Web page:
Keywords:  failsafe mechanism
  20. J Chemother. 2020 Oct 14. 1-8
    Kim KO, Park WJ, Jung Y, Lee WS.
      We analyzed responsiveness of KRAS-mutated CRC cell lines with distinctive MSI status against mitogen-activated protein kinase (MEK) inhibitor (selumetinib; AZD) and/or B-raf proto-oncogene (BRAF) kinase inhibitor (vemurafenib; PLX). The viability of MSI-high (MSI-H) KRAS-mutated LS174T cells treated with AZD or PLX was 24.5 ± 0.9% or 71.4 ± 3.6%, respectively, and the viability of microsatellite stable (MSS) KRAS-mutated SW480 cells for AZD or PLX was 57.4 ± 3.1% or 43.1 ± 1.8%, respectively. These observations imply that the therapeutic efficacy of MEK kinase inhibitors or BRAF kinase inhibitors against KRAS-mutated colon cancer cells may differ between MSI-H and MSS. However, a combination of both inhibitors synergistically inhibits the proliferation of KRAS-mutated colon cancer cells regardless of MSI status. The underlying synergistic cytotoxic efficacy of AZD/PLX combination on KRAS-mutated colon cancer cells with different MSI status was further substantiated by markedly decreased phosphorylation of ERK in both LS74T and SW480 cell lines upon AZD and PLX treatment. Based on these collective data, we propose that MSI status should be considered when MEK kinase inhibitor or BRAF kinase inhibitor is treated for KRAS-mutated colon cancer, and that combination of both inhibitors synergistically inhibit proliferation of KRAS-mutated colon cancer cells independent of MSI status.
    Keywords:   KRAS-mutation; BRAF kinase inhibitor; Colorectal cancer; MEK kinase inhibitor; chemotherapy; microsatellite instability
  21. Pharmacol Res. 2020 Oct 10. pii: S1043-6618(20)31549-8. [Epub ahead of print] 105241
    Del Re M, Crucitta S, Lorenzini G, De Angelis C, Diodati L, Cavallero D, Bargagna I, Cinacchi P, Fratini B, Salvadori B, Ghilli M, Roncella M, Fontana A, Danesi R, Cucchiara F.
      BACKGROUND: PI3K pathway hyperactivation due to PIK3CA mutations contributes to endocrine resistance, and PIK3CA is one of the most frequently mutated genes in breast cancer (BC), occurring approximately 40% of HR+, HER2- advanced BC (ABC). Cyclin-dependent kinase 4 and 6 inhibitors (CDK4/6i) have changed the treatment landscape of HR+, HER2- ABC. Putative mechanisms of resistance to CDK4/6i have been identified, but limited data are available on PI3K deregulation. The present study evaluates the impact of PIK3CA mutations on CDK4/6i plus hormone therapy treatment and evaluates characteristics that may suggest PI3K screening in patients with ABC.METHODS: ABC patients were enrolled, and 12 ml of blood were collected in EDTA tubes at baseline prior to CDK4/6i plus hormone therapy treatment. Plasma was separated and circulating free DNA (cfDNA) was extracted. PIK3CA mutation analysis was performed on a ddPCR. Selected and analyzed mutations included: p.C420R, p.E542 K, p.E545A, p.E545D, p.E545 G, p.E545 K, p.Q546E, p.Q546R, p.H1047 L, p.H1047R, p.H1047Y. Statistical analysis were performed to investigate the predictive power of such mutations and any association with clinical factors.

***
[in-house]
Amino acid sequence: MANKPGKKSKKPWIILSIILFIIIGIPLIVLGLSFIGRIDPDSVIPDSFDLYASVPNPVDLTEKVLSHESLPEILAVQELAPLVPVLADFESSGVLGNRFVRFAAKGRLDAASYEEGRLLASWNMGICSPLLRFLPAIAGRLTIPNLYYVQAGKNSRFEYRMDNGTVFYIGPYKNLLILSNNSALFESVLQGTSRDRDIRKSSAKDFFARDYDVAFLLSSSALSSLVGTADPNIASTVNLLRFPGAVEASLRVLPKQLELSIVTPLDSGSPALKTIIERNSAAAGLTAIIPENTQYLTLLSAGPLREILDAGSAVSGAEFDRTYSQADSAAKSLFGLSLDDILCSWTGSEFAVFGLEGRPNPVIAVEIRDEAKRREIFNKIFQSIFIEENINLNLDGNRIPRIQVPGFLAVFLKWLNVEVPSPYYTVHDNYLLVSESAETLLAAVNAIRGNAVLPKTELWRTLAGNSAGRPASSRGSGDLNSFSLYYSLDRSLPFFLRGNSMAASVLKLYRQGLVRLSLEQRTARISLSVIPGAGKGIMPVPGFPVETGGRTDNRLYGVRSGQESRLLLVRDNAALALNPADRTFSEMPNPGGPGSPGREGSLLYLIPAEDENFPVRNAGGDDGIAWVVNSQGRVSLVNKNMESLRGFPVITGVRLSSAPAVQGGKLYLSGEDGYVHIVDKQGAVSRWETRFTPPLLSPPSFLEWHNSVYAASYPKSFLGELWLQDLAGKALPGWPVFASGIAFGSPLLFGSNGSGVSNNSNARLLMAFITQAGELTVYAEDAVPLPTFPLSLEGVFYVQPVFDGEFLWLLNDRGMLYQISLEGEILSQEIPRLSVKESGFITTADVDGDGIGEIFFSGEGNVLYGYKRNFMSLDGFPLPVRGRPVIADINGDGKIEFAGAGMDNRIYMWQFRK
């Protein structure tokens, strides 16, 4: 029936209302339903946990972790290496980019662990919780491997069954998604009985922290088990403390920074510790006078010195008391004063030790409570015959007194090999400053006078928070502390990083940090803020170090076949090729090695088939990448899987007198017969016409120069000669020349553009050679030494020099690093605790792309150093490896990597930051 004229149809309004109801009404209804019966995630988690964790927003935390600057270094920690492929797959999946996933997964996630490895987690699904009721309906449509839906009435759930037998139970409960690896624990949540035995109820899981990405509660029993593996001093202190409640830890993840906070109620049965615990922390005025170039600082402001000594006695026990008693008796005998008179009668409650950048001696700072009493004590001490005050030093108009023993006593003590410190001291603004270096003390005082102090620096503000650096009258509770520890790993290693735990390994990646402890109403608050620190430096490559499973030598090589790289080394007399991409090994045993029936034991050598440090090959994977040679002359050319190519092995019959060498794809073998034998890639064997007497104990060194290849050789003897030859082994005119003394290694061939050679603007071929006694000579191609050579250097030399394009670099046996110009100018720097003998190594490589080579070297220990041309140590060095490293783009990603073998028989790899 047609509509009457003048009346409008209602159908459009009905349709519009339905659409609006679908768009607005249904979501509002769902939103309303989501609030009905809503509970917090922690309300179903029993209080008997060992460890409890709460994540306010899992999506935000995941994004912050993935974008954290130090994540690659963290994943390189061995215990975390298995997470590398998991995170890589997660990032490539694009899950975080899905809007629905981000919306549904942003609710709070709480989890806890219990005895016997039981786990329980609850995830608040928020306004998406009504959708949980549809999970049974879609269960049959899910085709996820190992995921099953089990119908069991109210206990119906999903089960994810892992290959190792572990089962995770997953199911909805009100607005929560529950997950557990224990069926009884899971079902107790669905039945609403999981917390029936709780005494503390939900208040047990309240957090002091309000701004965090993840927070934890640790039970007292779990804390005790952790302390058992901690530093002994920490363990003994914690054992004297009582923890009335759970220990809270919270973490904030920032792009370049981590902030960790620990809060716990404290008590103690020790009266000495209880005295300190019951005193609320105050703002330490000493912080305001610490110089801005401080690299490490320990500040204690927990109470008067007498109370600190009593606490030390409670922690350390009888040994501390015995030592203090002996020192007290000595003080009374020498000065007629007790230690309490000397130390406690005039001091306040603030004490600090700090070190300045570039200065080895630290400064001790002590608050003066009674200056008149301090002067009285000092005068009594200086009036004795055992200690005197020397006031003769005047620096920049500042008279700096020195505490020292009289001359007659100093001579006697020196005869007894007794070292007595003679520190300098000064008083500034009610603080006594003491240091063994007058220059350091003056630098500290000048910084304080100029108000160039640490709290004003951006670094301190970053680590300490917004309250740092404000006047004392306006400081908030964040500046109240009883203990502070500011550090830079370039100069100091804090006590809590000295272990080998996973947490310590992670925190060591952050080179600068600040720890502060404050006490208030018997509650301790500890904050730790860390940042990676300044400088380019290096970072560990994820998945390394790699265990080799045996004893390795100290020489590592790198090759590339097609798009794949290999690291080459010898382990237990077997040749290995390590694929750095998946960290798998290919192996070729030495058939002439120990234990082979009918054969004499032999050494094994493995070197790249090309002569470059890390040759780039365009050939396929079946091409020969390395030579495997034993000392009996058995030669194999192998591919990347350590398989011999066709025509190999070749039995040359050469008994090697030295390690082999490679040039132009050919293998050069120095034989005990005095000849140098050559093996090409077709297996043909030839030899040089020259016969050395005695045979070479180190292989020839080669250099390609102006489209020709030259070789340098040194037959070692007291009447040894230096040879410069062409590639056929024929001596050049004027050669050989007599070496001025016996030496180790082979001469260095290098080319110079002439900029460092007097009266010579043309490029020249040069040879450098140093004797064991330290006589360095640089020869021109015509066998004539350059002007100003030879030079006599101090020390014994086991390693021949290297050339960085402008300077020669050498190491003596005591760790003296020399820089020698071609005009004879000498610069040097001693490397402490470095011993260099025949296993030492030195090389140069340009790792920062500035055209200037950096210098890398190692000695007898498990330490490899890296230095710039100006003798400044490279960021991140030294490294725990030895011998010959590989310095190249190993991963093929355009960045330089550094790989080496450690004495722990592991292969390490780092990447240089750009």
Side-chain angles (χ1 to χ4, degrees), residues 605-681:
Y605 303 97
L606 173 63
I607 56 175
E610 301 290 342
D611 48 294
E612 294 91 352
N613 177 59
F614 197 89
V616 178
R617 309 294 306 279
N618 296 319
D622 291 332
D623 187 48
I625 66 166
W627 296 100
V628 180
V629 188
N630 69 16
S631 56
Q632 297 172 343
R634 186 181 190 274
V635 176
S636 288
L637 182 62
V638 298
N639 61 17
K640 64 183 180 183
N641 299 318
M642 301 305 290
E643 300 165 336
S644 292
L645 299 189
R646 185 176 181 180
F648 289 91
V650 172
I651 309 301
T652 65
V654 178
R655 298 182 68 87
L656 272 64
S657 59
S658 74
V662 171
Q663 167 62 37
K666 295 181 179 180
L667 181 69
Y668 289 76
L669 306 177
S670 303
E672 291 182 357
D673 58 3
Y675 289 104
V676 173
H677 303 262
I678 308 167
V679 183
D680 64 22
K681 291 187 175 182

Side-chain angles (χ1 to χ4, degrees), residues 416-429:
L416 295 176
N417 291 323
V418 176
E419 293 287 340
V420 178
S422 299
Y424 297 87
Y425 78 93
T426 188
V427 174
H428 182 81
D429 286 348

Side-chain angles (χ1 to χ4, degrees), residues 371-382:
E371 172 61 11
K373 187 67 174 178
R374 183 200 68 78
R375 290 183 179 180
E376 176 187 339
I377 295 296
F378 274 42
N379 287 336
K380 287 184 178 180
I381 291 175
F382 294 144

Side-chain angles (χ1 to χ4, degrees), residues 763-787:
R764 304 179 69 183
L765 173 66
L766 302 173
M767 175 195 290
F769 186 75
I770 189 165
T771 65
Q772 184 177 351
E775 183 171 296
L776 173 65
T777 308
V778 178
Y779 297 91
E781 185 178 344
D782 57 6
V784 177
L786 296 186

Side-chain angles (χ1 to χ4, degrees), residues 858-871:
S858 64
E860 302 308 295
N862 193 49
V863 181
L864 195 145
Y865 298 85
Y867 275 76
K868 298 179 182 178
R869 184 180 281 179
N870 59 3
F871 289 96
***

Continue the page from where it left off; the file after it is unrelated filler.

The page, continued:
RESULTS: Thirty patients were enrolled. PIK3CA mutation status at baseline was independently associated with shorter median PFS (7.44 vs 12.9 months, p = 0.01) in subject receiving CDK4/6i plus hormone therapy treatment. PIK3CA mutations were found to be associated to Ki67 expression in primary lesions (p = 0.006). Moreover, the probability to find a PI3K mutation improved considering also the therapeutic management in previous lines of treatment (McFadden's R2 = 0.415, p = 0.004; AUC of the ROC curve = 0.914).
    CONCLUSION: The findings of this pilot study suggest that the presence of a PI3K mutation in liquid biopsy correlates with a worse PFS in patients with ABC receiving CDK4/6i, and that liquid biopsy is a useful tool to suggests a better tailored pharmacological intervention.
    Keywords:  CDK4/6 inhibitors; PI3K; advanced breast cancer; liquid biopsy; personalized medicine
  22. Cell. 2020 Oct 14. pii: S0092-8674(20)31241-1. [Epub ahead of print]
    Kim D, Xue JY, Lito P.
      KRAS mutations are among the most common genetic alterations in lung, colorectal, and pancreatic cancers. Direct inhibition of KRAS oncoproteins has been a long-standing pursuit in precision oncology, one established shortly after the discovery of RAS mutations in human cancer cells nearly 40 years ago. Recent advances in medicinal chemistry have established inhibitors targeting KRAS(G12C), a mutation found in ∼13% of lung adenocarcinomas and, at a lower frequency, in other cancers. Preclinical studies describing their discovery and mechanism of action, coupled with emerging clinical data from patients treated with these drugs, have sparked a renewed enthusiasm in the study of KRAS and its therapeutic potential. Here, we discuss how these advances are reshaping the fundamental aspects of KRAS oncoprotein biology and the strides being made toward improving patient outcomes in the clinic.